We are still waiting for the revelation that will settle — once and for all — whether Donald Trump or his critics get it right. Is our president a liar and a scoundrel or is he the innocent and noble victim of dark and sinister forces who have bedeviled him almost from the moment he announced his candidacy for president?
We thought the Mueller Report might bridge our lamentable partisan divide, since it found no evidence of the president’s purported collusion with Russia, but, weirdly, that report was spun to suggest a lack of presidential cooperation with that probe that was somehow the criminal act of obstruction of justice. Oddly, that notion dissipated quickly, and, before we knew it, we were in the current impeachment frenzy with the president accused of using the power of his office to intimidate a foreign leader into venally serving the president’s personal political ends.
The impeachment and removal effort, nakedly political as it is, is doomed to failure. This is because the president’s exercise of diplomatic relations is protected by the Constitution itself, and as even the great liberal criminal law scholar Alan Dershowitz has made clear, it cannot possibly amount to a high crime or misdemeanor. Moreover, the signs are now evident (from the fact that 50 Republican Senators have condemned the secretive and one-sided proceedings now underway in the House), that a Republican-controlled Senate will never vote by a two-third’s majority to remove Mr. Trump.
His removal is even more unlikely following the president’s announcement that the long effort to find and remove the terrorist head of Islamic State has been accomplished.
It is doubtful, however, that those who continue to bay for the excision of Donald Trump from the presidency, those who seek to reverse their loss in 2016, will be deterred.
Nevertheless, we are quite likely soon to witness the most important revelations that, as the president has maintained, he has been the wrongful victim of a witch hunt, of a manufactured conspiracy, of an attempt to frame and discredit him by officials of the Obama administration. This is the expected outcome of the report coming soon from the DOJ’s inspector general, Michael Horowitz, who is likely to report that criminal acts were performed in the original surveillance of the president and his aides on fabricated evidence of Russian involvement in his campaign.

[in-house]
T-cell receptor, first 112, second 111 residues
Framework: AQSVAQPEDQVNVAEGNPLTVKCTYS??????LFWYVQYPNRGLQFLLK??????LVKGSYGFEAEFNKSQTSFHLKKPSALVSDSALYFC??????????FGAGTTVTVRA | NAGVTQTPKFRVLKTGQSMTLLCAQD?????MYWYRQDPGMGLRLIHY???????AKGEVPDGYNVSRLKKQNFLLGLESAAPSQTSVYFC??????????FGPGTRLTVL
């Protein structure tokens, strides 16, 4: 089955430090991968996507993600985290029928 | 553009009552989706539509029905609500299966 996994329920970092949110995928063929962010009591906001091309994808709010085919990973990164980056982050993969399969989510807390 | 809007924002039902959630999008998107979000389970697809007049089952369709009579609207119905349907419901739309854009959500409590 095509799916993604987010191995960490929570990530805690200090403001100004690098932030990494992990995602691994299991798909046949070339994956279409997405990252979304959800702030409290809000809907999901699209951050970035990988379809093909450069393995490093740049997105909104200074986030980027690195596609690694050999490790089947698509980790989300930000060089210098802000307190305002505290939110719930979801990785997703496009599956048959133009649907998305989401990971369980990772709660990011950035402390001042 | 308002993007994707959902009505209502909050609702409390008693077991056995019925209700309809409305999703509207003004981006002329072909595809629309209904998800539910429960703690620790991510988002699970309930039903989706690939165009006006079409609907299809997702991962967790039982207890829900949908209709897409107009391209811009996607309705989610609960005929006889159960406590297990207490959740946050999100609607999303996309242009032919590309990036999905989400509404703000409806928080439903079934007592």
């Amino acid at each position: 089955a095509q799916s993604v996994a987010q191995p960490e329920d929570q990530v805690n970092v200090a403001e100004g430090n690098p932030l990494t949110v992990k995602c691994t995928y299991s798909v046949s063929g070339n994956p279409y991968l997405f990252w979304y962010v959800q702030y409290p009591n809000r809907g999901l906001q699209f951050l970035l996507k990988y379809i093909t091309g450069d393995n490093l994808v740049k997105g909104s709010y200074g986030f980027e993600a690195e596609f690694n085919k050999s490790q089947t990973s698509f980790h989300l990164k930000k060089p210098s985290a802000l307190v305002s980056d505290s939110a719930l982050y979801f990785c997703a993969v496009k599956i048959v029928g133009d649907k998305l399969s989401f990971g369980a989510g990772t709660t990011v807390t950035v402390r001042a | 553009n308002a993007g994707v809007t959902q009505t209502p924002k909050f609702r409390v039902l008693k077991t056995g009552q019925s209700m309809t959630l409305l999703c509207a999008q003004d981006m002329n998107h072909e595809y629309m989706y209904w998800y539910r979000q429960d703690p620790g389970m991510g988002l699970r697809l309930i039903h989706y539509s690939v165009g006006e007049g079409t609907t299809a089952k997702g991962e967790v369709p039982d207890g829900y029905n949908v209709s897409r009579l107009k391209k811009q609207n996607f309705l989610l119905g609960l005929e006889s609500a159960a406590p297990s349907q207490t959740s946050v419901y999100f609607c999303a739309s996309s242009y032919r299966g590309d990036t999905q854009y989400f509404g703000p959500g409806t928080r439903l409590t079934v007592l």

This report, coupled with the recent transformation of U.S. Attorney John Durham’s inquiry into the beginnings of that surveillance into a criminal investigation, is, according to some astute observers, likely finally to result in grand jury indictments and trials of some senior officials, and may turn out to be the greatest political scandal of our era.
Even when this happens, however, and even if many independent and objective observers become convinced that great wrongs were perpetrated against this president, his most rabid detractors are likely to be unmoved. His principal tormentors, Congressmen Adam Schiff and Jerold Nadler, with exquisite chutzpah, have already denounced Durham’s investigation and Attorney General Bill Barr’s similar efforts, as a wrongful politicization of our criminal law.
What could account for such spectacular hypocrisy or, to be a bit kinder, such obduracy on the part of the Democrats? I have sought to argue here that what is going on is an ideological battle, one where reality is colored by cultural preferences, where one sees only what one wants to see, and where, given the now clear lines drawn between conservatives and liberals on charged matters such as race, religion, abortion, gender, wealth redistribution, and regulation, political compromise seems impossible.
And yet — if it is true that partisans in the Obama administration flagrantly and wrongly twisted the law to serve their own selfish political ends, perhaps this sorry episode will offer an opportunity for the nation to make a long-overdue renewal of commitment to the rule of law and the Constitution itself.
For too long all three branches of our government have been rejecting prior precedent, and have been making up law, policy, and procedure out of whole cloth, and the same has been true in many of our administrative agencies — the bureaucracy and the “deep state,” so much lamented by Mr. Trump.
All of this has led to the arbitrary actions most feared by our framers, an alarming loss of state and local political power, and a concomitant failure of local governance, as many of our cities become increasingly unlivable.
If the revelations of wrongdoing are as dramatic as expected, they just might shock Americans into realizing that the 2020 elections ought to be about returning this country to more honest, and, perhaps, more modest federal government, and restoring the original Constitutional doctrines of federalism and separation of powers.
Stephen B. Presser is the Raoul Berger Professor of Legal History Emeritus at Northwestern’s Pritzker School of Law, the Legal Affairs Editor of Chronicles: A Magazine of American Culture, and a contributor to The University Bookman. He graduated from Harvard College and Harvard Law School, and has taught at Rutgers University, the University of Virginia, and University College, London. He has often testified on constitutional issues before committees of the United States Congress, and is the author of "Recapturing the Constitution: Race, Religion, and Abortion Reconsidered" (Regnery, 1994) and "Law Professsors: Three Centuries of Shaping American Law" (West Academic, 2017). Presser was a Visiting Scholar in Conservative Thought and Policy at the University of Colorado's Boulder Campus for 2018-2019. To read more of his reports — Click Here Now.
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